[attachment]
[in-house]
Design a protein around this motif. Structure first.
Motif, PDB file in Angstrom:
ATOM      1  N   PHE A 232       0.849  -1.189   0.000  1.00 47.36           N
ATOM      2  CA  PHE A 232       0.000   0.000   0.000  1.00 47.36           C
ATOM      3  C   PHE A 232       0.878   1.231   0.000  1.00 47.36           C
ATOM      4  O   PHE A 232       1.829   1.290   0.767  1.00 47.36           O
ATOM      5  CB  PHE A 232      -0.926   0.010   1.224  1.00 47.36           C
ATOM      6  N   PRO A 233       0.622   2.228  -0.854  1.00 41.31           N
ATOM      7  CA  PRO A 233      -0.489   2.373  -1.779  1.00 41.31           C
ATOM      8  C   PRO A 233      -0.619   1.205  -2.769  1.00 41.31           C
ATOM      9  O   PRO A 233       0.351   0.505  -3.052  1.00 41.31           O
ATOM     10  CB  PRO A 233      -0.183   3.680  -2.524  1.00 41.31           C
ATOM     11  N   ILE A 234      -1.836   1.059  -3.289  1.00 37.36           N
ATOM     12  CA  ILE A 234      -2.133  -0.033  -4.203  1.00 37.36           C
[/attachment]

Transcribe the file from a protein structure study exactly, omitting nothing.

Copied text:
[in-house]
Design a protein around this motif. Structure first.
Motif, PDB file in Angstrom:
ATOM      1  N   PHE A 232       0.849  -1.189   0.000  1.00 47.36           N
ATOM      2  CA  PHE A 232       0.000   0.000   0.000  1.00 47.36           C
ATOM      3  C   PHE A 232       0.878   1.231   0.000  1.00 47.36           C
ATOM      4  O   PHE A 232       1.829   1.290   0.767  1.00 47.36           O
ATOM      5  CB  PHE A 232      -0.926   0.010   1.224  1.00 47.36           C
ATOM      6  N   PRO A 233       0.622   2.228  -0.854  1.00 41.31           N
ATOM      7  CA  PRO A 233      -0.489   2.373  -1.779  1.00 41.31           C
ATOM      8  C   PRO A 233      -0.619   1.205  -2.769  1.00 41.31           C
ATOM      9  O   PRO A 233       0.351   0.505  -3.052  1.00 41.31           O
ATOM     10  CB  PRO A 233      -0.183   3.680  -2.524  1.00 41.31           C
ATOM     11  N   ILE A 234      -1.836   1.059  -3.289  1.00 37.36           N
ATOM     12  CA  ILE A 234      -2.133  -0.033  -4.203  1.00 37.36           C